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A Framework for Higher Education in Scotland: Higher Education Review Phase 2


A Framework for Higher Education in Scotland: Higher Education Review Phase 2

Annex A

Terms of Reference

To identify how the Scottish Executive Enterprise and Lifelong Learning Department's investment in the delivery of higher education can most effectively maximise the personal, social and economic benefits of teaching and research over the medium to long term, and support a culture of challenge, innovation and partnership in and beyond Higher Education Institutions.

The review should have particular regard to:

  • the framework for relations between the Executive, the Scottish Higher Education Funding Council and Higher Education Institutions - as well as other relevant bodies in the field of lifelong learning;
  • SHEFC's performance and how that should be developed.


  • the contribution of higher education to the Scottish Executive's objectives for economic, social, cultural and personal development - with specific attention to changing demands for knowledge and skills; and the need to extend the opportunity to benefit from higher education to those groups who have been relatively excluded;
  • the need to constantly seek opportunities to develop and improve performance in teaching and research, to stimulate the transmission of knowledge to the wider community, and to be responsive to change;
  • the contribution which well managed and well motivated staff make to the provision of higher education; and
  • the need to make best use of the resources already being made available to the sector.

Annex B

Higher Education Institutions in Scotland funded by the Scottish Higher Education Funding Council

University of Aberdeen
University of Abertay Dundee
Bell College
University of Dundee
Edinburgh College of Art
University of Edinburgh
Glasgow Caledonian University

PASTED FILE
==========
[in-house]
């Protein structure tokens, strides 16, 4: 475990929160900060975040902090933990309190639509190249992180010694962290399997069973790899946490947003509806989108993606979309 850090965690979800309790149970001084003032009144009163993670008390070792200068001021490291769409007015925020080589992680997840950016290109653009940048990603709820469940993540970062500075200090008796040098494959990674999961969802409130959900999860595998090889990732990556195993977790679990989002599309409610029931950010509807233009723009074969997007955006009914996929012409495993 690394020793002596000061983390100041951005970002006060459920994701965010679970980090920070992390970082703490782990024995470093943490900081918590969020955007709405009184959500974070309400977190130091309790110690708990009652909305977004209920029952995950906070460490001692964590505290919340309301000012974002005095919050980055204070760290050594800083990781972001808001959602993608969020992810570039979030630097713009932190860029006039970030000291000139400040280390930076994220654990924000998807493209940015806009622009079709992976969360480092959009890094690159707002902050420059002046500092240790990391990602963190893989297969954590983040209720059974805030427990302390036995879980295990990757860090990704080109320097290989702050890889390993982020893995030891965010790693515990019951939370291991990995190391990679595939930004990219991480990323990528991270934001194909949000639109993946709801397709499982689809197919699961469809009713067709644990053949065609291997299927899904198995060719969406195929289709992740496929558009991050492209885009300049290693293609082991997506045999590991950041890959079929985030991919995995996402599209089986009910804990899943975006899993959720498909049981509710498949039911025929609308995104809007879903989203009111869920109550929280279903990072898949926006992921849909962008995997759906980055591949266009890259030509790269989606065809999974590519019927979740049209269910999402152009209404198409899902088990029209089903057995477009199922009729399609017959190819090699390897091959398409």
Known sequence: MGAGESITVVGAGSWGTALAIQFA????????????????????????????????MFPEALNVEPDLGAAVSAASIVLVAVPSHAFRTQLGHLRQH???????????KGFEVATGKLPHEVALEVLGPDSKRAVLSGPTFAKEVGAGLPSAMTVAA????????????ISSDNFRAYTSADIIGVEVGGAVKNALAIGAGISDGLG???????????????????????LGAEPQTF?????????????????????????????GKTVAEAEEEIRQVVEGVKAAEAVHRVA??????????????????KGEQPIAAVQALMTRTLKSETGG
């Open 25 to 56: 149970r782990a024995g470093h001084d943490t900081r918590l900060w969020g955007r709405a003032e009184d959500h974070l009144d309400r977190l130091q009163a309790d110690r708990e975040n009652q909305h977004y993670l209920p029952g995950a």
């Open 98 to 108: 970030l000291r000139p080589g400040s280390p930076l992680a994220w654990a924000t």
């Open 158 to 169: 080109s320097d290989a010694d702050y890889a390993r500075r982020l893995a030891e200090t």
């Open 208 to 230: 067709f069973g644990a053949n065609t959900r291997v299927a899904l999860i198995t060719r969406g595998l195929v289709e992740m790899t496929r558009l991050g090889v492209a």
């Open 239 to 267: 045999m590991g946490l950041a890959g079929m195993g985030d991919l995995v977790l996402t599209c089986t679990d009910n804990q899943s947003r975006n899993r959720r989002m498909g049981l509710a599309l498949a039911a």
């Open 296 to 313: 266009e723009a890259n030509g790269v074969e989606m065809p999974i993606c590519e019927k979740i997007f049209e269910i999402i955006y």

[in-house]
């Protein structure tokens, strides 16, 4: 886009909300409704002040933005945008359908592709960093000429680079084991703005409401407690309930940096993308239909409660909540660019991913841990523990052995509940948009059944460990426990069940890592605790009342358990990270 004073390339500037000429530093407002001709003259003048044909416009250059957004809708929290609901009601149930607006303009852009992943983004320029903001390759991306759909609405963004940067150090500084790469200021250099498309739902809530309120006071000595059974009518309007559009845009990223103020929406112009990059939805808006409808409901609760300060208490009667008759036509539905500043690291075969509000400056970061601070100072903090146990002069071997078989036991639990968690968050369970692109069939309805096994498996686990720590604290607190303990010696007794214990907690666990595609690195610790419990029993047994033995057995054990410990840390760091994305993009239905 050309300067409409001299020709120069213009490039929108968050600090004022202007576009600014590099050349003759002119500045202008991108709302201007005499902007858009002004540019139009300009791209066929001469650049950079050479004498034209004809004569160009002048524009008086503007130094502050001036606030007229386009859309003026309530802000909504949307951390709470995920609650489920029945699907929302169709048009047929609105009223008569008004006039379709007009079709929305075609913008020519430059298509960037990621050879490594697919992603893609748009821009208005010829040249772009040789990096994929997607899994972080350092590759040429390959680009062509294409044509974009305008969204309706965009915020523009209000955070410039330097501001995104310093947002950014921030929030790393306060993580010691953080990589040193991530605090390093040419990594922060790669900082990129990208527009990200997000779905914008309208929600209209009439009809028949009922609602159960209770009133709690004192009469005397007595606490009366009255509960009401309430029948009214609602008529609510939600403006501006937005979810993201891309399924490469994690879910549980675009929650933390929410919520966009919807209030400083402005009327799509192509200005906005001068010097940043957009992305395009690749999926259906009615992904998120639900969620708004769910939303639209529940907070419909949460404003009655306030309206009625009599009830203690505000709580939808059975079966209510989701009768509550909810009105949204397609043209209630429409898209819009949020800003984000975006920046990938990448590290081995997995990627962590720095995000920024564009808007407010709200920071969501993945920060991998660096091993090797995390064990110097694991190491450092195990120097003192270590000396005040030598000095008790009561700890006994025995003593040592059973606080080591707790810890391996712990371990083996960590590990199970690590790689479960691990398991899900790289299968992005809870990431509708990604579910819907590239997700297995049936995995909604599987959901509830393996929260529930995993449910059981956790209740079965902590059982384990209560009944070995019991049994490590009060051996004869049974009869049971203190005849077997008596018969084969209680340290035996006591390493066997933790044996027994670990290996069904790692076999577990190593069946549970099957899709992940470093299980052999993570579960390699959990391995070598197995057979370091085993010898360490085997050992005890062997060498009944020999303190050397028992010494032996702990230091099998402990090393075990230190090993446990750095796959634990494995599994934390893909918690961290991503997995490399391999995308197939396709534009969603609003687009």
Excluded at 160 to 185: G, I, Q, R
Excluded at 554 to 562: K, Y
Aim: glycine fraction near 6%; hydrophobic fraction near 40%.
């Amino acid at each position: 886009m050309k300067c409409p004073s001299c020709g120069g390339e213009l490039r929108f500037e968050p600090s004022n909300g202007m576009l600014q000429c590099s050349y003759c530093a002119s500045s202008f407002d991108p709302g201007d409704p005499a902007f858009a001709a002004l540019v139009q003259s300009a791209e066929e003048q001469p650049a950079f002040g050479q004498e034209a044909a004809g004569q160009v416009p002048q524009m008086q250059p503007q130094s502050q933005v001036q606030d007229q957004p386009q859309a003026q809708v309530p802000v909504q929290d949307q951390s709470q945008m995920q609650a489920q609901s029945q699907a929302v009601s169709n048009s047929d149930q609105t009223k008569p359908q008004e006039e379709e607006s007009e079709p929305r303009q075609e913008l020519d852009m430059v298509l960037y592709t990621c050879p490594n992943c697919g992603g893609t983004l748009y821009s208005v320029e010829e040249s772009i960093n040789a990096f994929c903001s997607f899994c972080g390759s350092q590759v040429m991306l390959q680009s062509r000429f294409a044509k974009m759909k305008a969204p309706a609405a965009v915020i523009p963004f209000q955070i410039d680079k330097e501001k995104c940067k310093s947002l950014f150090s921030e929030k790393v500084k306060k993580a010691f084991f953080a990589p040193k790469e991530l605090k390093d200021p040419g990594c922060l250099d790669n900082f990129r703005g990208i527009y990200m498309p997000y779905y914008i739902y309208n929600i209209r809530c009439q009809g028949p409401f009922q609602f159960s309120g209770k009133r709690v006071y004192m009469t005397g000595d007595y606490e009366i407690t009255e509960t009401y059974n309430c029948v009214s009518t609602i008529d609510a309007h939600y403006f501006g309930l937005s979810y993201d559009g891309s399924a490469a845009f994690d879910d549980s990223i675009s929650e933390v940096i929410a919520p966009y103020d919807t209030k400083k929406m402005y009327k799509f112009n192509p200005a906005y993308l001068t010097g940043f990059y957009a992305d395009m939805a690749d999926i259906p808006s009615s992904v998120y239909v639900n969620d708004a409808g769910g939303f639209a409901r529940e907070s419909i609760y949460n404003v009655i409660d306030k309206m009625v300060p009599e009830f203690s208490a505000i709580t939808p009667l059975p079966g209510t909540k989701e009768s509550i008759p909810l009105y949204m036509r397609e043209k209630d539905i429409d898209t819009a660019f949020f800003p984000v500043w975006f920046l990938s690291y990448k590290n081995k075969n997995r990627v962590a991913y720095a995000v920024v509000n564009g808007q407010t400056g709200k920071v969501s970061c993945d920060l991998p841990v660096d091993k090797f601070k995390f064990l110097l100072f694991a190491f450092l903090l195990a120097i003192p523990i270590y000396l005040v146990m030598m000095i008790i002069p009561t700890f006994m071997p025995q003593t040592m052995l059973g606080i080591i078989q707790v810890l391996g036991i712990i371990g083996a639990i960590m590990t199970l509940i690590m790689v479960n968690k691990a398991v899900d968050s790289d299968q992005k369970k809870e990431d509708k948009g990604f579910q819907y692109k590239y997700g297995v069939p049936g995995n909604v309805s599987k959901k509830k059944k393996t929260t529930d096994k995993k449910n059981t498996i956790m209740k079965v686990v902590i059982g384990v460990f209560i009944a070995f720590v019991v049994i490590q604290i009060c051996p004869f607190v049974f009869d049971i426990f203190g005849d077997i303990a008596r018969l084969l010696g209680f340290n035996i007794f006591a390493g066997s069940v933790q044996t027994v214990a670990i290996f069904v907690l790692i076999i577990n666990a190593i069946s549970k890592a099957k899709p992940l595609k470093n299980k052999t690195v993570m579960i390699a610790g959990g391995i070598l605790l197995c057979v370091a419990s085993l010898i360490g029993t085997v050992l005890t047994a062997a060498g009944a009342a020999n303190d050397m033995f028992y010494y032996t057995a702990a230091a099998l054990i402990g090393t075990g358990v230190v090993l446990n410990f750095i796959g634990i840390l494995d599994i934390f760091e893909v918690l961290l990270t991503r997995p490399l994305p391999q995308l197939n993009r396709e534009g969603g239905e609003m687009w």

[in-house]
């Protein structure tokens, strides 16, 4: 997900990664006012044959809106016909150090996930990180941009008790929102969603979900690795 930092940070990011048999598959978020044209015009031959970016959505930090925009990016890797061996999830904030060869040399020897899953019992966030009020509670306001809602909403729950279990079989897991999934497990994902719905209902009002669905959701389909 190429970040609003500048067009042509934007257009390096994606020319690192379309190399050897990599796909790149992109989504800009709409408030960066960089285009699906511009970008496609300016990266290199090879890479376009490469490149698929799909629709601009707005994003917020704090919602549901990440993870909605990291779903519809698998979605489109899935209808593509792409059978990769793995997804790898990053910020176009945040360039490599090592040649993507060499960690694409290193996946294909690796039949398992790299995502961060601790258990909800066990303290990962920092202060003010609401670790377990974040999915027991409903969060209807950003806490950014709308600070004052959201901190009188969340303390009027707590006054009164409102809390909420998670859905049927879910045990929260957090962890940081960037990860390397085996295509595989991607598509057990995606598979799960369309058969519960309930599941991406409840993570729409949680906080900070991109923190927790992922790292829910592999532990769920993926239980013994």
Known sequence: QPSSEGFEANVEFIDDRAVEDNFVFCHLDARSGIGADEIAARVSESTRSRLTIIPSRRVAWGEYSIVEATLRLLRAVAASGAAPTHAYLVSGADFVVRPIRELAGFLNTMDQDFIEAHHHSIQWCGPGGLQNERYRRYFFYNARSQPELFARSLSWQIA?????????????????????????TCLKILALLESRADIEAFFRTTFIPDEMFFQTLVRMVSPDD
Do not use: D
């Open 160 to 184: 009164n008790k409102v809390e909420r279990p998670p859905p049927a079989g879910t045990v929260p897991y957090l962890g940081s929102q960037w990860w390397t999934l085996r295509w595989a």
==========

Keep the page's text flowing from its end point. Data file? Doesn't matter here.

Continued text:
Glasgow School of Art
University of Glasgow
Heriot-Watt University
Napier University
The Open University in Scotland
University of Paisley
Queen Margaret University College
Robert Gordon University
Royal Scottish Academy of Music & Drama
University of St Andrews
University of Stirling
University of Strathclyde
UHI Millennium Institute

Annex C

Review of Higher Education in Scotland: the review process

The review of higher education in Scotland was launched October 2001 by the Minister for Enterprise, Transport and Lifelong Learning. The key themes of the review have been teaching and learning, research and knowledge transfer and management and governance.

Two public consultation papers issued, in October 2001 and April 2002. There were 62 responses received to the first paper and 83 to the second. Responses are available at: www.scotland.gov/who/elld/hereview.asp

The October paper focused on the performance of the Scottish Higher Education Funding Council. The resulting report on SHEFC is available at www.scotland.gov/who/elld/hereview.asp

The April paper, Shaping our Future, considered the external pressures for change, including demographic, economic and international pressures, and questioned what the priorities for Scotland should be for the next 5-10 years.

Work was also undertaken with a panel of experts. Five full day meetings of the Higher Education Review Advisory Panel were held during 2002, with each focusing on a key theme. A final half day meeting was held to agree the content of the Panel's report to the Minister.